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Art Spectrum Artists' Soft Pastels are professional-quality soft pastels that provide the artist with colors that are pure, brilliant and intense - and remain that way. The very best pigments are selected and triple-milled at maximum concentration.
Color Swatches created using heavy to light application and were applied on 100 lb (163 gsm) drawing paper material.
Pigment Orange PO13 is a yellowish orange with high tinting strength.
Pigment Orange PO13 has good lightfastness when used at full strength, but it may fade in tints. It is often replaced by PO61, which has lower tinting strength, but better lightfastness.
Pigment Orange PO13 is used in inks, textiles, paints, plastics, and rubber.
Cr2O3 • 2 H2O or Cr2(OH3)
Viridian is the standard green and is stable, powerful, and cold with an emerald green undertone. It has a transparent hue, good tinting strength, a dark masstone that can be almost black at full strength, and a slow drying time in oil form. Viridian is commonly replaced by the darker, more saturated, and staining Phthalo Greens, but its properties make it a necessary part of the palette of an experienced landscape painter.
Viridian has excellent permanence, except in high-temperature work, and is highly valued as a glazing color.
Viridian is slightly toxic.
Viridian’s name comes from the Latin viridis, meaning green. The process for manufacturing Viridian, or Transparent Oxide of Chromium, was patented by Guignet in Paris in 1859. However, it had actually been discovered by Pannetier and Binet in 1838. Viridian replaced Verdigris, which was reactive and unstable, and Emerald Green, which was a poisonous copper aceto-arsenite used as a rat poison in the sewers of Paris.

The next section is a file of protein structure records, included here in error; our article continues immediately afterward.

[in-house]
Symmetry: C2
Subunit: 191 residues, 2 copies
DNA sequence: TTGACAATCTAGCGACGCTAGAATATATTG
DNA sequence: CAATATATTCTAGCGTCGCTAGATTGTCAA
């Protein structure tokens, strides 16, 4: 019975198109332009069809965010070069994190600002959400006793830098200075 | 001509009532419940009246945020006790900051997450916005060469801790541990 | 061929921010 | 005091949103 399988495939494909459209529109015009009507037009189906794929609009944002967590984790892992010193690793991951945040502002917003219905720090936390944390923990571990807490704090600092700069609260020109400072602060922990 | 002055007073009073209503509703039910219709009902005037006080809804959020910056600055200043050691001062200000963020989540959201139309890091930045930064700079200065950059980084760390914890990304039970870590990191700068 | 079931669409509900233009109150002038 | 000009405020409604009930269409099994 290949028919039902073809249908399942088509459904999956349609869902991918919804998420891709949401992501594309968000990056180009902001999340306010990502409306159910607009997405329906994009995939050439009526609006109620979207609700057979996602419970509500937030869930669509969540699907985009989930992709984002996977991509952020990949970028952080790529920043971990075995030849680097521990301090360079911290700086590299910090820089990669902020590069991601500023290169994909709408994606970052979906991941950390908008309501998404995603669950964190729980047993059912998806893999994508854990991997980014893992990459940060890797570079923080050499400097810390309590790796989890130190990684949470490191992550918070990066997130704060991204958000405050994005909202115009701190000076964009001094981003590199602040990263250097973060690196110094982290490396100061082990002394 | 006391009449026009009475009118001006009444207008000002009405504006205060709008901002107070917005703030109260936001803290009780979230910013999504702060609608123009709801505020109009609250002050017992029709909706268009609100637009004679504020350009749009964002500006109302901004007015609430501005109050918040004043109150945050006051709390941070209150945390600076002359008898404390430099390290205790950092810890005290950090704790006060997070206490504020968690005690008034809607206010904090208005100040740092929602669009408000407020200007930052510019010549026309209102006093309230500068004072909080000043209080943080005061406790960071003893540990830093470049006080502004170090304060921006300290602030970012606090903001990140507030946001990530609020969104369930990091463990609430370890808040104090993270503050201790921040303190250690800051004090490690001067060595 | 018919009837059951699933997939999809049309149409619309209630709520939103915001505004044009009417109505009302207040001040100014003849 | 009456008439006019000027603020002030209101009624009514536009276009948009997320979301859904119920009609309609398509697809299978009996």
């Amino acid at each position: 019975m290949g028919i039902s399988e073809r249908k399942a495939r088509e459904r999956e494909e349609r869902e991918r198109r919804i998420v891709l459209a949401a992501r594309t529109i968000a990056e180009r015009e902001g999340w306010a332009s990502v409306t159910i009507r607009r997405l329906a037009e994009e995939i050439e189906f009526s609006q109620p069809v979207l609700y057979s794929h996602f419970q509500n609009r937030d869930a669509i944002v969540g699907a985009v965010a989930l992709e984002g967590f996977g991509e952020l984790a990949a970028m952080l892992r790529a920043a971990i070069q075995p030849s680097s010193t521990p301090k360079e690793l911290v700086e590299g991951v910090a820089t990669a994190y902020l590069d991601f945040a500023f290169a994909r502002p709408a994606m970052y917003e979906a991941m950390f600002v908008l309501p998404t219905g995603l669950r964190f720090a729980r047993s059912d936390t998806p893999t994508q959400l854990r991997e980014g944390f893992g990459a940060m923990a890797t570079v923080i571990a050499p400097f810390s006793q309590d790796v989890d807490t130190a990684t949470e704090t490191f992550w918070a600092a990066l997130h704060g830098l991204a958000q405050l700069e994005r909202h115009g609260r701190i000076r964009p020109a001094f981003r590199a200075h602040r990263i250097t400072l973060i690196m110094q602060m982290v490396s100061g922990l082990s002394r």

Emerald Chromium Oxide, Emeraude Green, French Veronese Green, Guignet’s Green, Pannetier's Green, Permanent Green, Smaragd Green, Transparent Oxide of Chromium, Vert Emeraude. Casali's Green and Mittler's Green are varieties of Viridian. Viridian has historically been sold under the name Emerald Green, but they are currently considered to be and are marketed as two different pigments.
Fe2O3 • H2O
Yellow Ochre provides artists with earthtones from cream to brown. It has good hiding power, produces a quick drying paint, and can be safely mixed with other pigments. Its transparency varies widely from opaque shades to more transparent ones, which are valued for their use as glazes. If gypsum is present, Yellow Ochre is not suitable for frescoing. (See Brown Ochre, PY43.) PY42 is made from synthetic iron oxides. PY43 is made from natural iron oxide.
Yellow Ochre has excellent permanence because ochres are some of the most permanent pigments available.
Yellow Ochre is non-toxic unless it contains manganese.
Ochre comes from the Greek word ochros, meaning pale yellow. It was one of the first pigments to be used by human beings, and evidence of its use has been found at 300,000 year old sites in France and the former Czechoslovakia.
Chamois, Iron Yellow, Mars Orange, Mars Yellow, Minette, Ochre, Sil, Yellow Earth, Yellow Oxide. Varieties of Yellow Ochre include Brown Ochre, Flesh Ochre, Roman Ochre, Spruce Ochre, and Transparent Gold Ochre.
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Material Safety Data Sheet
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